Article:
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Shame Becomes Potent Weapon in Fighting Drug Crime

Join Together, September 28, 2006

(Wall Street Journal) Family and social pressure, not arrests, have been successful in fighting drug crime in one North Carolina community, the Wall Street Journal reported Sept. 27.

Police in High Point, N.C., spent months investigating drug dealers in the city's West End area. But rather than arresting and charging the crack dealers, investigators identified friends, family members, and mentors of the offenders and recruited them to intervene, offering a second chance rather than a near-certain prison term.

The idea is to use the soft pressure of the community to accomplish the same goals as the hard pressure of incarceration. Backers reason that rampant drug dealing in a neighborhood not only causes violence but lowers property values, giving the whole community -- including relatives of dealers -- an incentive to see the problem addressed.

In High Point, dealers were invited to the police station after the investigation ended, after a promise that they wouldn't be arrested. There, they met with community leaders who urged them to change their ways. Many of the alleged dealers were disinterested, but a second meeting with law-enforcement officials -- who laid out the case built against the dealers -- got their attention.

Since the meeting, the West End drug market has shut down and has not reopened in two years. Violent crime has fallen 25 percent. Drug use continues, but High Point officials say that the campaign is not a battle against drug use per se, but rather the street-level dealing that disrupts neighborhoods and causes crime.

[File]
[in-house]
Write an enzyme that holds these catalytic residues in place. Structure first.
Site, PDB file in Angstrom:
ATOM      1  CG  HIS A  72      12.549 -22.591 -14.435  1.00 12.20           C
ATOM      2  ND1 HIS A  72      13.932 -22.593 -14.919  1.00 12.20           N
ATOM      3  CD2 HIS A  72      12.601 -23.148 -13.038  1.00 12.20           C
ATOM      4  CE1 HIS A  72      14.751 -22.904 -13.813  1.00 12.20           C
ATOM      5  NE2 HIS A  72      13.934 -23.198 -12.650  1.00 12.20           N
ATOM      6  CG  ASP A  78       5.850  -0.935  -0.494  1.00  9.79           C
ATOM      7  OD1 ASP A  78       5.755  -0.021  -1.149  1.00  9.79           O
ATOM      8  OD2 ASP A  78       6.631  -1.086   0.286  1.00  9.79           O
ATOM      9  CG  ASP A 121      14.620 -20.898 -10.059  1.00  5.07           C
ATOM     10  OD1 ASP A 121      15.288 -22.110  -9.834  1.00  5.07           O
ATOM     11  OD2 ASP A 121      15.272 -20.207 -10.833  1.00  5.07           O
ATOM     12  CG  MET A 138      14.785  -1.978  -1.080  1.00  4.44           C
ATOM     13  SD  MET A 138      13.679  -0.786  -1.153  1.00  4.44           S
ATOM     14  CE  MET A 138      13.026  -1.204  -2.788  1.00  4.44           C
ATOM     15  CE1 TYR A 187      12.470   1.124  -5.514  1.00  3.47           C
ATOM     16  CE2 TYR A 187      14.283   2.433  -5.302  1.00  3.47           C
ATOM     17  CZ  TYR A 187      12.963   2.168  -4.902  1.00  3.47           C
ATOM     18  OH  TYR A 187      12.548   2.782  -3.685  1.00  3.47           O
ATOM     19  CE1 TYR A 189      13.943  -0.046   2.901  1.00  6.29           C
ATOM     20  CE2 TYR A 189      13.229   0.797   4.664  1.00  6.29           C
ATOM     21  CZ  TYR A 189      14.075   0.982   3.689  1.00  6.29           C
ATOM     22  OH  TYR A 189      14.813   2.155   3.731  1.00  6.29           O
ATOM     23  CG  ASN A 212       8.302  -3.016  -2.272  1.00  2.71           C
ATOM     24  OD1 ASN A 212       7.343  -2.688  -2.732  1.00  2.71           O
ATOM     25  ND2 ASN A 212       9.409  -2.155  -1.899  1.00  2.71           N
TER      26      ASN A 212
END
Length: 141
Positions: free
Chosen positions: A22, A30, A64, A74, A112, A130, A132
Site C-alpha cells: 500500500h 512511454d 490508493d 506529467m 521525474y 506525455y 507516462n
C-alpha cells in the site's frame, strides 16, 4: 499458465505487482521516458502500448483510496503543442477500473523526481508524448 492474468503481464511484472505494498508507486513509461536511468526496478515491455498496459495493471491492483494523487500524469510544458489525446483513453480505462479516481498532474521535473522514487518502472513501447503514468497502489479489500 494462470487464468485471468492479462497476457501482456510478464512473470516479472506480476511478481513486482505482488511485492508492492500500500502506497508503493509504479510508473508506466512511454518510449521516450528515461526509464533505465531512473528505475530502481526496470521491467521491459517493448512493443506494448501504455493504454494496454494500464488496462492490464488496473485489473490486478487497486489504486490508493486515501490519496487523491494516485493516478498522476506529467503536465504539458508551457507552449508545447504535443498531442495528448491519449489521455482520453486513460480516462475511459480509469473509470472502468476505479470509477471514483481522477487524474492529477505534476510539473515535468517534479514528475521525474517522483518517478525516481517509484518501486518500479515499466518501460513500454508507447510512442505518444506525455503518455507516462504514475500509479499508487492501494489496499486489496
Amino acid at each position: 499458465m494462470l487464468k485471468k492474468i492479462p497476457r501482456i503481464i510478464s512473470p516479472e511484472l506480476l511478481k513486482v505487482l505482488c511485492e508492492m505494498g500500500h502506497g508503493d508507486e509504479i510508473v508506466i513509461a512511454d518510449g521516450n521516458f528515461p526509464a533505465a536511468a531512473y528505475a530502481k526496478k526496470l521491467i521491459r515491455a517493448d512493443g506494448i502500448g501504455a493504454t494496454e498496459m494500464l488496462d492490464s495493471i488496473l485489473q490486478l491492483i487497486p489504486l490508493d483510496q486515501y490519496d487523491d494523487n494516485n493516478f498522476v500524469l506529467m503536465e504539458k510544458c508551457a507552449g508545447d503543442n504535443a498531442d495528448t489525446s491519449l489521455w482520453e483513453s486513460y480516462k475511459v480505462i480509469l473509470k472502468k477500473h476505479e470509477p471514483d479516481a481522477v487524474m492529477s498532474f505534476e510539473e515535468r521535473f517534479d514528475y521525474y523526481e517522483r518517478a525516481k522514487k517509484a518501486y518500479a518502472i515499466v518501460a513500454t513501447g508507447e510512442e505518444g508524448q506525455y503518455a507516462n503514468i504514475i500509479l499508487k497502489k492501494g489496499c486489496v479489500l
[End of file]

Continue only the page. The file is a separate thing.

Similar strategies have been successfully used in two other High Point neighborhoods, and cities like Winston-Salem, N.C., and Newburgh, N.Y., also are using the tactic. The National Urban League would like to see it implemented nationally. "It's the hottest thing in drug enforcement," said Mark A. R. Kleiman, a University of California, Los Angeles professor and drug expert.

Some police and prosecutors see the campaign as foolish. "Drug dealers are drug dealers," said Karen Richards, a county prosecutor in Fort Wayne, Ind. "They won't have an epiphany and end up as model citizens."

But some of the dealers in High Point said they were impressed when community leaders told them that while they disapproved of their actions, they cared about them as people. And dealers reported feeling shamed when their parents and relatives expressed disappointment about their livelihood.

Local police say that the campaign also has helped build trust in the community, with residents more willing to call police to report minor offenses. Some residents have even thanked police for giving their children a second chance.